Oracle 1Z0-042 Study Guide

• •

Reduces the total number of network connections by multiplexing the network connections in a single network connection. Restricts access of network resources from computers that want to communicate with an Oracle network, by using IP addresses. You can create rules to accept or reject client connection requests by applying restrictions at the destination server, Oracle server, or at the origin of the connection requests.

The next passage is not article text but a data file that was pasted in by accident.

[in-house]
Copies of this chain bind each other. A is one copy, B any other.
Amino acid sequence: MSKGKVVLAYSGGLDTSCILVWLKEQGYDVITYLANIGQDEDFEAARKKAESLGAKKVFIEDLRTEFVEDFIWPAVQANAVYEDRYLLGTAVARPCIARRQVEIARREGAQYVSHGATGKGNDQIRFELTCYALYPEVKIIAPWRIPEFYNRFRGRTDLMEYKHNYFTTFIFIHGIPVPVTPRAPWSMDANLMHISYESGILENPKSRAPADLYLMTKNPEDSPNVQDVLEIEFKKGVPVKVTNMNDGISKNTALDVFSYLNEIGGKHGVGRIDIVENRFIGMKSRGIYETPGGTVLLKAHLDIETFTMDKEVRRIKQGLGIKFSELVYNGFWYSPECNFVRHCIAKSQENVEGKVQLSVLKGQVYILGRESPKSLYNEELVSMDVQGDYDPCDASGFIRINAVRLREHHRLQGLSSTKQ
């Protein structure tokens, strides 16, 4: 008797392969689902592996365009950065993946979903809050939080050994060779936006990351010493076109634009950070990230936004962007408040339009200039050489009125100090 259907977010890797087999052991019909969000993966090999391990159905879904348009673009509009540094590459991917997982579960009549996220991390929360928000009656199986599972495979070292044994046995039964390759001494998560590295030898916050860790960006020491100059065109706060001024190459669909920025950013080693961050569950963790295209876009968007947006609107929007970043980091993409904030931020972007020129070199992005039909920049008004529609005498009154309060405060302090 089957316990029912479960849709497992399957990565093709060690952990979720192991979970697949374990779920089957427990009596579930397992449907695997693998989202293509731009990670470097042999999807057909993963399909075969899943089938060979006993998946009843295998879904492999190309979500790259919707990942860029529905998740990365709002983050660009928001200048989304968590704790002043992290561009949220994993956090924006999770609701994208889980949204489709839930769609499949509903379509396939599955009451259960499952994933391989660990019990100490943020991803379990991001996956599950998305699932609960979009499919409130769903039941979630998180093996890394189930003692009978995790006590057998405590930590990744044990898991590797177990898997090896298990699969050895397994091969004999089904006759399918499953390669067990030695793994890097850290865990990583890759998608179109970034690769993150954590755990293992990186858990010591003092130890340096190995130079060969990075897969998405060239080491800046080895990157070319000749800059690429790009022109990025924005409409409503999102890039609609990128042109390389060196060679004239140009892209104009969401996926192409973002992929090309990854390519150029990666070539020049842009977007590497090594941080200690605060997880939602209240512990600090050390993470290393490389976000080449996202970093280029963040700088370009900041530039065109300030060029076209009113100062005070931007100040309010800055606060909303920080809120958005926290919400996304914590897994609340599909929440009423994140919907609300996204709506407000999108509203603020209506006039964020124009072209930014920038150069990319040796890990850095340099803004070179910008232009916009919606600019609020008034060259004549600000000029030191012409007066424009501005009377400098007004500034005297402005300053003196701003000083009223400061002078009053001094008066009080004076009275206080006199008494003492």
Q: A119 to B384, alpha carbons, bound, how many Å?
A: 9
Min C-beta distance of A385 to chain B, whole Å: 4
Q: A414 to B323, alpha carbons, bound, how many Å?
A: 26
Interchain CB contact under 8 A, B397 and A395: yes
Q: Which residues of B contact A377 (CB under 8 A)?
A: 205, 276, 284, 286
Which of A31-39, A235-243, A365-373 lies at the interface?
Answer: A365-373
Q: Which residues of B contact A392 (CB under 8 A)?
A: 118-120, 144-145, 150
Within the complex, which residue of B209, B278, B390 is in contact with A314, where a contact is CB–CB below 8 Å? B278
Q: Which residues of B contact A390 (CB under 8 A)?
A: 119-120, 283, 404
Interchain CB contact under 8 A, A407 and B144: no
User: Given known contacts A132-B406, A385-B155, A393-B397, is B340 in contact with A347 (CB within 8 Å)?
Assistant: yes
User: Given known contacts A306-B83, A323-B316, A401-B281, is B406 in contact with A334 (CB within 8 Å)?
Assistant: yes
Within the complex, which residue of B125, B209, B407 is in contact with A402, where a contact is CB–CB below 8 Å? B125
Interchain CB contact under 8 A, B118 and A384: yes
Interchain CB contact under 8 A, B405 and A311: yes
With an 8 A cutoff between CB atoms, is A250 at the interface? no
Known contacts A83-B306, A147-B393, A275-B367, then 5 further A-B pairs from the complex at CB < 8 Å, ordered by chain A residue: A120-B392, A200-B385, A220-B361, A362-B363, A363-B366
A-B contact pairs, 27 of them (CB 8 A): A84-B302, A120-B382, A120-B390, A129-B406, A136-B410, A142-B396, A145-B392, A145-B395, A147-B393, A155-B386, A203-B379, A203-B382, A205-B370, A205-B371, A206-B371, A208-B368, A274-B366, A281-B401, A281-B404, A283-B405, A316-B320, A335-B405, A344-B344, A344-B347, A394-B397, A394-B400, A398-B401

Security Oracle Net Services provides a secure network environment to perform business transactions in an organization. Oracle Net Services provides two security options, Advanced Security Option and Advanced Networking Option, which are also referred to as Oracle Advanced Security4 options. These security options provide techniques, such as using an identification PIN number, fingerprint, public key, and certificate, for authenticating users in an Oracle enterprise. You can use these techniques for granting access to computers on an Oracle network and for authenticating user connection requests to an Oracle server. Oracle Advanced Security options ensure the secure transmission of information across the Oracle network. It facilitates the secure transmission of information present in a transaction. Oracle Advanced Security provides secure transmission by using algorithms, such as RSA RC4, Standard DES, and Triple DES. These algorithms are used to encrypt the information transmitted across an Oracle network. This ensures that data is not modified while transmitting to the Oracle server. Oracle Advanced Security also provides a single sign-on mechanism that enables the users in an enterprise to connect to any Oracle service by using the same user name and password. Oracle Net Services also provides the Oracle Net Application Proxy Kit. This kit is incorporated into a firewall to ensure the security of database information that passes through a firewall in an Oracle network. Note: A firewall is a security mechanism that handles incoming and outgoing network traffic and prevents malicious users from violating the security of network. Accessibility Accessibility refers to the ability to provide communication across different computers and databases. Oracle Net Services provides products and services, such as Oracle Transparent Gateway and Generic Connectivity, for establishing communication with non-Oracle databases, such as SQL Server and MySQL. Oracle Net Services also enables you to call the external procedures written in a third-generation programming language, such as C, Java, and C++, by invoking them from Oracle PL/SQL callouts. A process named extroc is initiated that forms an interface between Oracle and external procedures. The extroc process provides information, such as name and parameters of the procedures, to the called external procedures. The extroc process loads and controls the execution of external procedures. Note: An external procedure refers to an external subprogram written in a third-generation programming language, such as C.